Because of their rarity, the Nature Conservancy protects and maintains the best examples of these unusual communities and offers visitors a history tour of the preserve, including highlights of both the human and natural history of the area. To avoid any damage to this sensitive environment, these tours are given to groups of 15 or less, and visitors are asked to visit Ice Mountain only with a guided tour.

Murphy Preserve

Located in Ritchie County near Pennsboro, the Murphy Preserve is 276-acre tract of land donated to the conservancy in 1967 as a means of ensuring a safe haven for natural processes without human intrusion.

Included in the preserve are two tracts of old oak-hickory forest on a series of rolling hills and coves featuring some of the state's most beautiful wildflower displays in spring and summer and expanded views of the surrounding hills in winter.

Two man-made ponds on the property are home to a number of amphibians, with the most notable activity occurring each spring, and in the summer nesting birds including the Cerulean Warbler can be seen.

While there are no formal hiking trails, the preserve's mature forests have an open understory that affords a low-impact hike.

Panther Knob

Panther Knob, known for its 400-acre dwarf pitch pine woodland, is located near Franklin in Pendleton County, where North Fork Mountain flattens into a plateau. Its high elevation heath and rocky cliffs host this rare plant community similar to pine barrens found on Long Island and New Jersey. But different from these lower elevation woodlands, Panther Knob's pine are at an elevation of more than 4,000 feet.

Also included in the preserve are sandstone cliffs, wildlife and one of the area's few virgin Red Spruce forests.

Because Panther Knob has been named a "Wilderness Preserve," there are no trails and no development is planned. This leaves the preserve untouched and wild, but also means natural hazards do exist, including rattlesnakes and extreme and sudden weather changes.

Because of that, staff-guided tours, generally conducted each summer, are the only way visitors are permitted to brave the difficult hike.

Pike Knob Preserve

Another Pendleton County preserve, not far from Panther Knob, is the Pike Knob Preserve. Another example of Appalachian terrain and wildlife, the primary feature of the preserve is its 750-acre, virgin red pine forest surrounded in fields at an elevation of more than 4,000 feet.

Other highlights include Appalachian grass balds, natural openings with a variety of plant and wildlife species and multiple sandstone cliff outcrops, waterfalls and overhangs nestled in forest.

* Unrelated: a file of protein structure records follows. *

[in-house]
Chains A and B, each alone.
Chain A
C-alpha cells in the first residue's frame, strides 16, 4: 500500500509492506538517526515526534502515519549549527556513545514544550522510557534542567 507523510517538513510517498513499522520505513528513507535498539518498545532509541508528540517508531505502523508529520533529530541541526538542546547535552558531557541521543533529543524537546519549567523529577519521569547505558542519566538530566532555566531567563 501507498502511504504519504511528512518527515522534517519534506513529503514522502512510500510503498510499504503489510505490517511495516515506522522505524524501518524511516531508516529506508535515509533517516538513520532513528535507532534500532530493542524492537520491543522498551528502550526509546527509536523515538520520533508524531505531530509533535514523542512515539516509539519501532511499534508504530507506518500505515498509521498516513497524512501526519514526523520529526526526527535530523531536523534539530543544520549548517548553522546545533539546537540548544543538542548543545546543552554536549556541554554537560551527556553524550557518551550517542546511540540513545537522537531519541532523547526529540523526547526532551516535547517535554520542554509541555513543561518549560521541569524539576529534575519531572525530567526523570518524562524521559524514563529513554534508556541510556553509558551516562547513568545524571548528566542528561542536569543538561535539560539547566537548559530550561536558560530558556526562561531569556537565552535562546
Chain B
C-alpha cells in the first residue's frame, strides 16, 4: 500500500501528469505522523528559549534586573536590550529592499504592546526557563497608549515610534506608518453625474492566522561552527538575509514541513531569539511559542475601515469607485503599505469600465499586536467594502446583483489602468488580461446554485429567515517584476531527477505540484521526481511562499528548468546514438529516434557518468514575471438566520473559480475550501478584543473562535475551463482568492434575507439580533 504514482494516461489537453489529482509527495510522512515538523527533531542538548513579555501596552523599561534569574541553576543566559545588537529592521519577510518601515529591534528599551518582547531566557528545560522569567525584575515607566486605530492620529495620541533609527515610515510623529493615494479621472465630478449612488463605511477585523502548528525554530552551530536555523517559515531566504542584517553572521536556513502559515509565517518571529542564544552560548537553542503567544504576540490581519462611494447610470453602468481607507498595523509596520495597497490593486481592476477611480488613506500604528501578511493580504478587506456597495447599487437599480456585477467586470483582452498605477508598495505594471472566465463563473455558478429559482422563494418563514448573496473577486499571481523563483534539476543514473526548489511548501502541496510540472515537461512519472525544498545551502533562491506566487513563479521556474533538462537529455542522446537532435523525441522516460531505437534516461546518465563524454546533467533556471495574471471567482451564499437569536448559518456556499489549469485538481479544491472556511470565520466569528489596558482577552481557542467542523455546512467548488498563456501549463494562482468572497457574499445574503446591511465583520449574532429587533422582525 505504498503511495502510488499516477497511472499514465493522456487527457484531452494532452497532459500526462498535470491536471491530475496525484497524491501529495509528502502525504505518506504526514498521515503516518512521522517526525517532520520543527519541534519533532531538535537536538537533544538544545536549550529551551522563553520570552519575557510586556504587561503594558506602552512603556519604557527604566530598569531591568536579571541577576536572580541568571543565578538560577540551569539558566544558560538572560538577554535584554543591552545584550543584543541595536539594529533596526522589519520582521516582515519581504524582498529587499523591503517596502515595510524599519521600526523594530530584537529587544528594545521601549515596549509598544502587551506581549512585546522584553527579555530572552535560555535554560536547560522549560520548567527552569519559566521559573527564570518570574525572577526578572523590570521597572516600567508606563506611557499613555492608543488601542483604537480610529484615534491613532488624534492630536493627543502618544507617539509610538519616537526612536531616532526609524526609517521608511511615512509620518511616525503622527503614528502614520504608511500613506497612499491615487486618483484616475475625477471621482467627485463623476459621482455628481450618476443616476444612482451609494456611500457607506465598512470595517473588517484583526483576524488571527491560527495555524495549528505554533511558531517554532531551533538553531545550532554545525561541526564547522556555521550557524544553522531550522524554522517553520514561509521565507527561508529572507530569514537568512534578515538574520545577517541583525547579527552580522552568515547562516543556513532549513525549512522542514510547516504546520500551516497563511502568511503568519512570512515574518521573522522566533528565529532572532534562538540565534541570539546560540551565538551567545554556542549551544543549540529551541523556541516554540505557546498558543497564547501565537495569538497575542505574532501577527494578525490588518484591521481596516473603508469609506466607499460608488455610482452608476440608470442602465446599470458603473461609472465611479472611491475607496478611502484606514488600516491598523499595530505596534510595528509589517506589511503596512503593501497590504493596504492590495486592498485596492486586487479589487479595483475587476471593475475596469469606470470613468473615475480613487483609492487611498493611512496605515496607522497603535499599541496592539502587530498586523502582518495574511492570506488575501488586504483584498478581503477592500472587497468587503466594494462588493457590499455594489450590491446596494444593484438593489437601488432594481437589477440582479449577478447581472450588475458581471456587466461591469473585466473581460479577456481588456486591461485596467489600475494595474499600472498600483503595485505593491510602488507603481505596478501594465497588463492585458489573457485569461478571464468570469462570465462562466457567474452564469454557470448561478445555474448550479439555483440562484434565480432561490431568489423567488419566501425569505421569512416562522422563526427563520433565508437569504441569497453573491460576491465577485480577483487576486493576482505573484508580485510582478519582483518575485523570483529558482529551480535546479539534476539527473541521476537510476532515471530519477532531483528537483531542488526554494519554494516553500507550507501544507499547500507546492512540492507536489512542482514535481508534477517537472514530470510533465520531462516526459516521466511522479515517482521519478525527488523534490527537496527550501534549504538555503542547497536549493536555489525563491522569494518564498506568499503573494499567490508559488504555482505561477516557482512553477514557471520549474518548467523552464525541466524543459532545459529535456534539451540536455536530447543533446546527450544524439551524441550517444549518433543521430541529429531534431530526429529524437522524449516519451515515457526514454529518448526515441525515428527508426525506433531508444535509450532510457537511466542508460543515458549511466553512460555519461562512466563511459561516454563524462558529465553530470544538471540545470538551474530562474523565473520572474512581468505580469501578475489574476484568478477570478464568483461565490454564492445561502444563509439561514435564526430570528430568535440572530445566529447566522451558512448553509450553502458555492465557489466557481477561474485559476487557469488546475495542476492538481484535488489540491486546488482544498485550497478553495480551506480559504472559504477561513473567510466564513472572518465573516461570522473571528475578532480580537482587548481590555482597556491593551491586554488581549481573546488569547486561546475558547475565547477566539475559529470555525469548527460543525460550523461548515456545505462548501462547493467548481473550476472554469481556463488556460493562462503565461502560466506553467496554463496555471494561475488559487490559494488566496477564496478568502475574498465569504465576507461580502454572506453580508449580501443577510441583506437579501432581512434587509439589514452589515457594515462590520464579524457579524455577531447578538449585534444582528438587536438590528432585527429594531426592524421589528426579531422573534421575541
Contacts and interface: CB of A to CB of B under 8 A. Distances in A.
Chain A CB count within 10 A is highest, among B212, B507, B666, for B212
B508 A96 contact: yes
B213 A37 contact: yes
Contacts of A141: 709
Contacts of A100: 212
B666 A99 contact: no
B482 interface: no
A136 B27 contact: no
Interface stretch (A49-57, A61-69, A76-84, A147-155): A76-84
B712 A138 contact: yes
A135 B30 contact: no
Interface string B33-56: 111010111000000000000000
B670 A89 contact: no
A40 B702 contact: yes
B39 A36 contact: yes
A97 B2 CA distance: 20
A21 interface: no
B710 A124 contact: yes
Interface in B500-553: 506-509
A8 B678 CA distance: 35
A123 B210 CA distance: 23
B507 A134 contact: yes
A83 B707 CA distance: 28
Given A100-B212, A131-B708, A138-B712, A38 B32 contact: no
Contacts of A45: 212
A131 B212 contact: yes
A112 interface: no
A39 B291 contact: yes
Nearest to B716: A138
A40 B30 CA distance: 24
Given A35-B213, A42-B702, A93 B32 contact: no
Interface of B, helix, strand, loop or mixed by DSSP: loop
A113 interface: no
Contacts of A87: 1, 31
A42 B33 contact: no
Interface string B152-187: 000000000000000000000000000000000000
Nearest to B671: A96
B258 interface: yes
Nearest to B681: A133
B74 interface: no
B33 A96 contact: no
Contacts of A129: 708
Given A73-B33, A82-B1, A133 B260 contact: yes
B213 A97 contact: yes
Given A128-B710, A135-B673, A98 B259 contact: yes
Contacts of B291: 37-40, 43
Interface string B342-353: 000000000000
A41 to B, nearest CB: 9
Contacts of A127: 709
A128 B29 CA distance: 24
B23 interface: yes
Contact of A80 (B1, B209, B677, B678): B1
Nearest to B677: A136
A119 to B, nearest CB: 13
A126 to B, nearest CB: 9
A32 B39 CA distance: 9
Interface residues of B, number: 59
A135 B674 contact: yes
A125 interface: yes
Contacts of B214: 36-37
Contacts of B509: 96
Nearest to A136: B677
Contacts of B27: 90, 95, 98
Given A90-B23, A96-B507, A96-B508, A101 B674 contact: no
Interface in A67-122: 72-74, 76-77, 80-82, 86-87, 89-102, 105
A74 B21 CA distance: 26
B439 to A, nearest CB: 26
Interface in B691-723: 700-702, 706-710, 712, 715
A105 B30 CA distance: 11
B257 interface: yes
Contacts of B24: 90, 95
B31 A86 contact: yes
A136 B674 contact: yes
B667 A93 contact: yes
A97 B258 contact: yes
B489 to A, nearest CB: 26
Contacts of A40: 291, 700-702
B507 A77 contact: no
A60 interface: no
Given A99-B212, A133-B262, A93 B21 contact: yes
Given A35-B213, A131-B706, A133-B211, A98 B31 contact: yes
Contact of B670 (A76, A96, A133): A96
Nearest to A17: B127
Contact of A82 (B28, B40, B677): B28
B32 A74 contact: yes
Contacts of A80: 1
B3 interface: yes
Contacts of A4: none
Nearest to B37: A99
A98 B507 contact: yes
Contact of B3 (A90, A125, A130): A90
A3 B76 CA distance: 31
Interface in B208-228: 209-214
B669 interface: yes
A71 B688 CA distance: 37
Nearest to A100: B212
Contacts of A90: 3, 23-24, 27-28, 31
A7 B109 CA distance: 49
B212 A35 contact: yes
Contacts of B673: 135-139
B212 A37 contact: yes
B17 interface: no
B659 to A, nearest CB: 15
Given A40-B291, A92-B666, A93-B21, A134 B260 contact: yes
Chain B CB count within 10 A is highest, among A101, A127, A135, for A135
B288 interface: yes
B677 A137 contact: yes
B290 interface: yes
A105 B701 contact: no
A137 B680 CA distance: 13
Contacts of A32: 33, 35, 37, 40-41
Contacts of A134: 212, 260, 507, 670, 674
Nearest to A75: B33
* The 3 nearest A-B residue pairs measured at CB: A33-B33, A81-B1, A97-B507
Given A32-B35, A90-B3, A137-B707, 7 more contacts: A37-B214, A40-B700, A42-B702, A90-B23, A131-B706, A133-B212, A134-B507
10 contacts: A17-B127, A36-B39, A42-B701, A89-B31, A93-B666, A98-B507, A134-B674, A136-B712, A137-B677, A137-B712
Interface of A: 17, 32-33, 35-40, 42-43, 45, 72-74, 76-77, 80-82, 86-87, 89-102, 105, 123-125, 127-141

The main trail into the preserve consists of a carriage road and travels up hill to the top of North Fork Mountain, offering scenic views of flowers and foliage year-round.

Slaty Mountain

In Monroe County near Sweet Springs, visitors can find what the conservancy describes as a "globally rare shale barren community"on Slaty Mountain.

Donated to the conservancy by the Westvaco Corp., included on this 153-acre preserve are hardwoods, pines, the well-preserved barren and its assortment of rare species. Its steep south-facing shale slopes are home to such state rarities as the Yellow Buckwheat, Steele's Aster and Kates Mountain Clover, and atop Slaty Mountain, visitors can take in one of the greatest views of southern West Virginia's ridge and valley region.

While late summer reportedly is the best time to see the shale barren plants in bloom, a hike in the late fall and winter allow beautiful mountain-top views, all of which can be accessed using a loop trail that takes visitors up Slaty Mountain, across the top and then back.

Yankauer Preserve

In Berkeley County is the Yankauer Preserve, which includes 107 acres of cedar, open meadows, and second growth hardwood forest.

"A classroom for understanding and viewing old-field succession,"according to the conservancy, the preserve's open meadows demonstrate how areas fill with sapling, while the center of the property is a perfect example of a more mature forest of large oaks and maples.

Amid this varied habitat are limestone outcrops and sinkholes, and at the eastern edge of the property is a bluff overlooking the Potomac River. The preserve is ideal for birding and an annual hot spot for spring wildflower displays, as well as fall and winter sightings of warblers and other migrating birds.

Visitors can make their way through the preserve on one of three loop trails, the - Kingfisher Trail, South Trail and Dan Fisher Trail.- All of the above preserves are open to the public under certain conditions set by the conservancy, including no pets, camping, fires or ATVs. Visitors are also asked to respect all wildlife residing in the state's preserves and are advised to know their limits when hiking the preserves'many trails and cliffs.

While most preserves can be visited without prior arrangement, those planning visit those indicated as requiring a guided tour, should contact the conservancy in advance.

For additional information on these preserves or West Virginia's other natural attractions: contact the West Virginia Field Office of the Nature Conservancy at (304) 637-0160.